The Most Powerful Way to Sustain Momentum

Five years ago Trent Grimsey swam the English Channel in a time of 6 hours and 55 minutes. It remains the fastest Channel swim ever.

After his epic swim, Trent was asked whether this was his greatest ever achievement.
Trent replied, “Not really. Learning to swim as a kid was my greatest achievement. Swimming didn’t come naturally to me and I almost gave up.”
He added, “The problem was that I was trying to swim the whole length of the pool in one go. Once I mastered swimming one metre, I aimed for 2m then 5m, then 10m, then 25m and kept going until today, when I swam 21 miles.”
Harvard researcher Teresa Amabile has found that making small, daily progress is the most powerful way to sustain momentum. Her research reveals that the most damaging thing to achieving big goals is to experience setbacks.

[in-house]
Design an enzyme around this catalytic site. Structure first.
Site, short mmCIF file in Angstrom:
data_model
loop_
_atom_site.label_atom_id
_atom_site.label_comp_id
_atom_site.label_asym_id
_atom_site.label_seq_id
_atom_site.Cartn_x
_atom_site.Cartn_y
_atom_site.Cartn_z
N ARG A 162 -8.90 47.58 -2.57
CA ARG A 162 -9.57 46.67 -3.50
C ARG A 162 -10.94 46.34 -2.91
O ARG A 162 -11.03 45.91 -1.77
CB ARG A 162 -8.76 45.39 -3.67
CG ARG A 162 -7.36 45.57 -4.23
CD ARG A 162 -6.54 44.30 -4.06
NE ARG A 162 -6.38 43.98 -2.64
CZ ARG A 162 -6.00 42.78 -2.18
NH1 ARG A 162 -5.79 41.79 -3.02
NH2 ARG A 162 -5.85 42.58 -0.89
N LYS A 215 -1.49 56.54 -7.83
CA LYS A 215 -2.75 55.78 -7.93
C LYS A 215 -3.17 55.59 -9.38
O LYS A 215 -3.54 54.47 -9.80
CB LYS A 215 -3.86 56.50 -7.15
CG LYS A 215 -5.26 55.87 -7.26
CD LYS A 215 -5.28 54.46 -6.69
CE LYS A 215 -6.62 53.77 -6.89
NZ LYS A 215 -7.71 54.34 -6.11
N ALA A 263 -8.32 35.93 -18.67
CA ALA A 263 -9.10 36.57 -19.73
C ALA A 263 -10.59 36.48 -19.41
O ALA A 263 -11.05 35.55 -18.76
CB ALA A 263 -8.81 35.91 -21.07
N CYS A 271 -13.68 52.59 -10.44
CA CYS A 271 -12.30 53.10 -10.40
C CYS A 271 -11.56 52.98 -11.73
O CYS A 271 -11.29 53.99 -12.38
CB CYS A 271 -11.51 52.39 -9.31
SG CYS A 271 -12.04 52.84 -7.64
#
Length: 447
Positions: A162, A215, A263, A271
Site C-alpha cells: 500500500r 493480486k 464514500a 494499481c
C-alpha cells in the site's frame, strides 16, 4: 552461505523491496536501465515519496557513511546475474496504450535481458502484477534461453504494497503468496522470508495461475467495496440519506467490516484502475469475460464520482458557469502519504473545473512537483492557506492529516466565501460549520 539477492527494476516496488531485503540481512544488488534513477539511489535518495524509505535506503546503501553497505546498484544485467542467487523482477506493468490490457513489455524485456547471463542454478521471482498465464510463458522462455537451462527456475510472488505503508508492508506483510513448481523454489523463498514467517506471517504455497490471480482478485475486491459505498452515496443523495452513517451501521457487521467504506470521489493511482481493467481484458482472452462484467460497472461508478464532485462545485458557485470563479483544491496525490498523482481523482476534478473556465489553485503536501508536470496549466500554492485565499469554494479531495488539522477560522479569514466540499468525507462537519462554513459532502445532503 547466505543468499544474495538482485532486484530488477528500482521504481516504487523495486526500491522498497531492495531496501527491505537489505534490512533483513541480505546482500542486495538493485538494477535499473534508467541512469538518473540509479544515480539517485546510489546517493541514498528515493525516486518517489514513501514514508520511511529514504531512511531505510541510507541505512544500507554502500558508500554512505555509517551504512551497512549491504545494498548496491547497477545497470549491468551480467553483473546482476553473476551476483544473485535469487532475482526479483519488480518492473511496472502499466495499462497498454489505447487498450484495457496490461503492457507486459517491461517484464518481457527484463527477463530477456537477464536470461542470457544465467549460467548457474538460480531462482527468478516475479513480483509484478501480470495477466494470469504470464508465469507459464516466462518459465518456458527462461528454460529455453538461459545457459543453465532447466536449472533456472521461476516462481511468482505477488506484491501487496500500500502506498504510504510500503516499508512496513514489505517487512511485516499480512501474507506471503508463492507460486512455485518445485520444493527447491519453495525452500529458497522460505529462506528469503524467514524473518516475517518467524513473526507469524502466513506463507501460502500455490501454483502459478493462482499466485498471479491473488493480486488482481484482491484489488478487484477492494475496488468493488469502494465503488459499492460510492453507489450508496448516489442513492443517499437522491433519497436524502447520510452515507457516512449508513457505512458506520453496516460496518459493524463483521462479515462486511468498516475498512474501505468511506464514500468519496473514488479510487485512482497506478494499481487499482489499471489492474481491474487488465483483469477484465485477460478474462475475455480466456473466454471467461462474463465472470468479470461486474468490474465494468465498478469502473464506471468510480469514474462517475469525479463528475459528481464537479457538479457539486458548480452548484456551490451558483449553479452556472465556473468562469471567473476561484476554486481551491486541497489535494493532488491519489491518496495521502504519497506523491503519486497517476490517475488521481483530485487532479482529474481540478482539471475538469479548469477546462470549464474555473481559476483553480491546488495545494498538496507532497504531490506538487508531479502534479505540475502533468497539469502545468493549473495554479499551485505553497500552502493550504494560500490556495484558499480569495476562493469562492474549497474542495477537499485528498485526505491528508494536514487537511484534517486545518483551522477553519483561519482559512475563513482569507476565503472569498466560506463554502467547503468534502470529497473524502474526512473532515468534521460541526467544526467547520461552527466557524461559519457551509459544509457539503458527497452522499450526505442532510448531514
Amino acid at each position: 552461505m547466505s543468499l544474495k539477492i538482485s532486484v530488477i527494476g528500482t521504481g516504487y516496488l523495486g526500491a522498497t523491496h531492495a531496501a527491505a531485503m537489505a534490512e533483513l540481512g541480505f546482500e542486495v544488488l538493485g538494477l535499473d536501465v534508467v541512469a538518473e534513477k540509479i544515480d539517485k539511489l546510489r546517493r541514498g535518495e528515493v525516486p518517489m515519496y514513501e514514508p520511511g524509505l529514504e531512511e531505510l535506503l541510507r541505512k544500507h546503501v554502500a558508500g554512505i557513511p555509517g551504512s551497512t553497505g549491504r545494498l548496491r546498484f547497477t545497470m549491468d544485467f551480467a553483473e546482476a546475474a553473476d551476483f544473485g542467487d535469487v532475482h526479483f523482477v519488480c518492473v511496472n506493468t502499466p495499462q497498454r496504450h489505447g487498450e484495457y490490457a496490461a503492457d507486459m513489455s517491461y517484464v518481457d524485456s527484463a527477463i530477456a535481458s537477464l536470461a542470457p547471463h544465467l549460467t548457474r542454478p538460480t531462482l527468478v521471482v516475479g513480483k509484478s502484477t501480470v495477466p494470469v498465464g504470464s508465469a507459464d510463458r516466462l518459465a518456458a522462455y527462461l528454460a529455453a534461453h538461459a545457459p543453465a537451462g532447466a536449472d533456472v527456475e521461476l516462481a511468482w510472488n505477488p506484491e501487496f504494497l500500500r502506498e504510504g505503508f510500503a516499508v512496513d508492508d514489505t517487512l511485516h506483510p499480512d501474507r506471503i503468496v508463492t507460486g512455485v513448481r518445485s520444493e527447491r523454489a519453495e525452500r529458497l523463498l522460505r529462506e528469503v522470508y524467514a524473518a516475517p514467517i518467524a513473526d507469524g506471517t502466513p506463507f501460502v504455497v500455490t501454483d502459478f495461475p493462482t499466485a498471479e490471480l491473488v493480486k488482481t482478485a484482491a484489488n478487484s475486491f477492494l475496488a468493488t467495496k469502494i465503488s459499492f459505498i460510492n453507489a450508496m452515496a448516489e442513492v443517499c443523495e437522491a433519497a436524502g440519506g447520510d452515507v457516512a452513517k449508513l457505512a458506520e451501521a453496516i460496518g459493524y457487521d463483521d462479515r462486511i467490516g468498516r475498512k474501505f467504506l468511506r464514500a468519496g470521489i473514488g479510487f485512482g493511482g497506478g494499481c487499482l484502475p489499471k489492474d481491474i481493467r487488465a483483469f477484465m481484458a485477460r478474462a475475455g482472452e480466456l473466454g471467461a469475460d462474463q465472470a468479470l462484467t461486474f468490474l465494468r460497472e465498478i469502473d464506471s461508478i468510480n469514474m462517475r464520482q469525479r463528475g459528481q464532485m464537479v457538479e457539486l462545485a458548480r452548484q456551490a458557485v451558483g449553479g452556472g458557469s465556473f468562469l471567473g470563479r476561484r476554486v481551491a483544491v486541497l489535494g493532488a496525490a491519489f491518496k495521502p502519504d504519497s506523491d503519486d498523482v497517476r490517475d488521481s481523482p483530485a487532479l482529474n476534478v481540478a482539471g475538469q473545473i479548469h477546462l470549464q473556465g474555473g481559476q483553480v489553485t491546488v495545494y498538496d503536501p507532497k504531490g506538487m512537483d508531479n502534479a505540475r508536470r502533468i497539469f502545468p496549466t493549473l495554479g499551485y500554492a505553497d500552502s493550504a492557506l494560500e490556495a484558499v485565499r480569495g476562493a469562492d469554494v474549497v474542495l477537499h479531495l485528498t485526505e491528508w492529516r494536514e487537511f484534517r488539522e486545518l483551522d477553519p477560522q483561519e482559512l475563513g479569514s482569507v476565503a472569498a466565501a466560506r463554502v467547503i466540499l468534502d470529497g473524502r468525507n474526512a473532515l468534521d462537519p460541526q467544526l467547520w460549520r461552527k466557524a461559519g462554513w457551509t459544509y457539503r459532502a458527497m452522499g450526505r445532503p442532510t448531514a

Psychologists refer to this effect as the goal gradient: the closer you get to something, the harder you’re willing to work to achieve it.
It would appear that we humans are more motivated by how much is left to reach our target, rather than how far we have come.

Humour

• If you combine “wine” and “dinner” you get winner.
• I have neither the time or the crayons to explain why you’re wrong.
• When I heard they had found a cure for dyslexia, it was music to my ar5e.

Live big & love deep.
Sunil

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